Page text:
Short read

What does the future hold for the Ukrainian Jewish community?

One year into the war in Ukraine, thousands of Jews have already fled the country. History shows some might never return, yet it is very unwise to speculate.

Isabel Sawkins

Today, 24 February marks one year since the invasion of Ukraine by Russian forces. The war has brought tremendous upheaval to the people of Ukraine and forced many of them to reconsider their future, and that of future generations, on Ukrainian land – and the same can also be said for many Russians who fear they have no future in their own country. This feeling particularly affects the Jewish population in the involved countries, as many of those Jews seeking refuge are eligible to become Israeli nationals due to the Israeli ‘Law of Return’. Israel even launched a special initiative, ‘Home to Israel’ (Olim HaBayta – עולים הביתה), specifically aimed to help Jewish immigrants originating in Ukraine, Russia, and Belarus, find a new home in Israel.

Other members of the Jewish Ukrainian community might have found temporary refuge in neighbouring countries like Poland and Germany, but those who arrived in Israel already hold the nationality of another country.

According to reports by Israel’s Ministry of Aliyah and Integration, more than 40,000 people have immigrated to Israel from Ukraine, Russia and Belarussince the outbreak of the war, with an estimated 13,000 of them coming from Ukraine. This is a significant proportion of the Jewish population of Ukraine, regardless of how you count the numbers of Ukrainian Jews: according to JPR’s March 2022 factsheet, How many Jews may be caught up in the conflict in Ukraine, the number of Ukrainians with at least one Jewish grandparent - i.e., those who qualify for Israeli citizenship according to the Israeli ‘Law of Return’ - was 200,000 in 2020, while the number of those who self identify as Jews (‘core’ Jewish population) was estimated at 45,000.

And though other members of the Jewish Ukrainian community might have found temporary refuge in neighbouring countries like Poland and Germany, those who arrived in Israel already hold the nationality of another country.

Jews in Ukraine – a history of trauma and hardship

There is a complicated history of Ukrainian Jewish demography, within which this most recent flux of migration must be positioned. Jewish life in Ukraine can be traced back to the ninth century but has been littered with cases of trauma and hardship. In the twentieth century, devastating events that affected Ukrainian Jews included pogroms carried out by Ukrainian nationalist forces after World War I, as well as the brutal acts of the Holocaust carried out on Ukrainian territory, most famously the murder of more than 33,000 Jews at Babyn Yar on September 29 and 30, 1941.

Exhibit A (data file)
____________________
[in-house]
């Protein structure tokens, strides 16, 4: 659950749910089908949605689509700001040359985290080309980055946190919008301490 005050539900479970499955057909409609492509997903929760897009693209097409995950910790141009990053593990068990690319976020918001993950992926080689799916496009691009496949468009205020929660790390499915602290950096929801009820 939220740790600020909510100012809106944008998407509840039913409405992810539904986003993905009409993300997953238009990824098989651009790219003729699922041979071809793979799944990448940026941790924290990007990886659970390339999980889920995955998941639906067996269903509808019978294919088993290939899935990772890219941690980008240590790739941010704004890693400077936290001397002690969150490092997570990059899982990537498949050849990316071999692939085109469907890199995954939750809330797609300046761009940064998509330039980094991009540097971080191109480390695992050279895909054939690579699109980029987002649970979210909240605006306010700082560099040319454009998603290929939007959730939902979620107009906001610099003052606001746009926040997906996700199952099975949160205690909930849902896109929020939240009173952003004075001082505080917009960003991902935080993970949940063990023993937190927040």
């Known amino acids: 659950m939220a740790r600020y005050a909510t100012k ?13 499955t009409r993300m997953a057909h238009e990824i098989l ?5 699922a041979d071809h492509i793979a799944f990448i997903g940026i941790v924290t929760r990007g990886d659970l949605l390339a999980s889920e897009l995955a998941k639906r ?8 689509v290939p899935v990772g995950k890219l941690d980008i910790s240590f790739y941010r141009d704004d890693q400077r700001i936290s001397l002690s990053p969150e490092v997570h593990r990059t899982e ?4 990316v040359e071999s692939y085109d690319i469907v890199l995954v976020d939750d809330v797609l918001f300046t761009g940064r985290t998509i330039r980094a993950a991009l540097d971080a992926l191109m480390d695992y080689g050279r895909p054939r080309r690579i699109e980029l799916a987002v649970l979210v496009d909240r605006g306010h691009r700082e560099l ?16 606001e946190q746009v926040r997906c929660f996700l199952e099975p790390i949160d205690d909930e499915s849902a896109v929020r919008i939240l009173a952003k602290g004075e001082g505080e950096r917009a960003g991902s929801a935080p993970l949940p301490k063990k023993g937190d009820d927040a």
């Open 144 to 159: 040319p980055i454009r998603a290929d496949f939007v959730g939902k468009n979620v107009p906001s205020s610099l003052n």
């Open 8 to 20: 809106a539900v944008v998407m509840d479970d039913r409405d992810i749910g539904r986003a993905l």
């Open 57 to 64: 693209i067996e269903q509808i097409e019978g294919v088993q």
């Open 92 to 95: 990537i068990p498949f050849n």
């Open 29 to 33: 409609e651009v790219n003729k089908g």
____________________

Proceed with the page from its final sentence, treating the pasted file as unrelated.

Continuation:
A Rabbi in Ukrainian military outfit, speaks to Ukrainian Army forces

Yet despite this turbulent history, Ukraine also spawned key elements of Jewish culture - it was the birthplace of the Baal Shem Tov, regarded as the founder of Hasidic Judaism; of Sholem Aleichem, the renowned Yiddish writer, and many other famous Jewish writers and poets; It was also a major centre of the Zionist movement, and the centre of activity for key players such as Lev Pinsker, Moshe Leib Lilienblum, Ahad Ha'Am, Hayim Nachman Bialik and Ze'evJabotinsky.

There is a history of Ukrainian Jewish emigration to Israel, which provides further context to the most recent exodus of Ukrainian Jews. This has been particularly prominent since the early 1970s, when a ban on Jewish refusenik emigration was lifted. It is estimated that approximately 150,000 Jews from the Soviet Union emigrated to Israel at that time, with a further 380,000 fleeing following the collapse of the Soviet Union. A spike was also noted in 2014, when there was a 190% increase in Ukrainian Jews making aliyah, presumably in response to the annexation of Crimea and occupation of eastern Ukraine. These mass emigrations to Israel, alongside emigration to the United States and Germany, are one of the reasons for which it is estimated that the Ukrainian Jewish population has declined by 91% over the last thirty years. 

90% of Ukraine's Jews emigrated since the Cold War ended

Core Jewish population decline in Ukraine and Russia

So, what does the future hold for Ukrainian Jews? It is very difficult, and probably unwise, to speculate. Emigration to Israel is still ongoing. On the eve of the one-year anniversary of the war, Ukrainian Jews continue to find refuge on Israeli soil. However, the situation needs further monitoring as the war progresses. Will more continue to leave? And what will happen when the war finally ends? Will Ukrainian Jews, now settled in Israel, ever feel comfortable returning to their homeland? And what will all of this mean for the survival of the Ukrainian Jewish community?

Images of people

Isabel Sawkins

Former Research Fellow

Isabel Sawkins

Former Research Fellow

Isabel managed JPR’s research panel and survey research programme in the UK. She has an MA in Political Sociology (Russia and Eastern Europe) from University...

Read more

You might also like: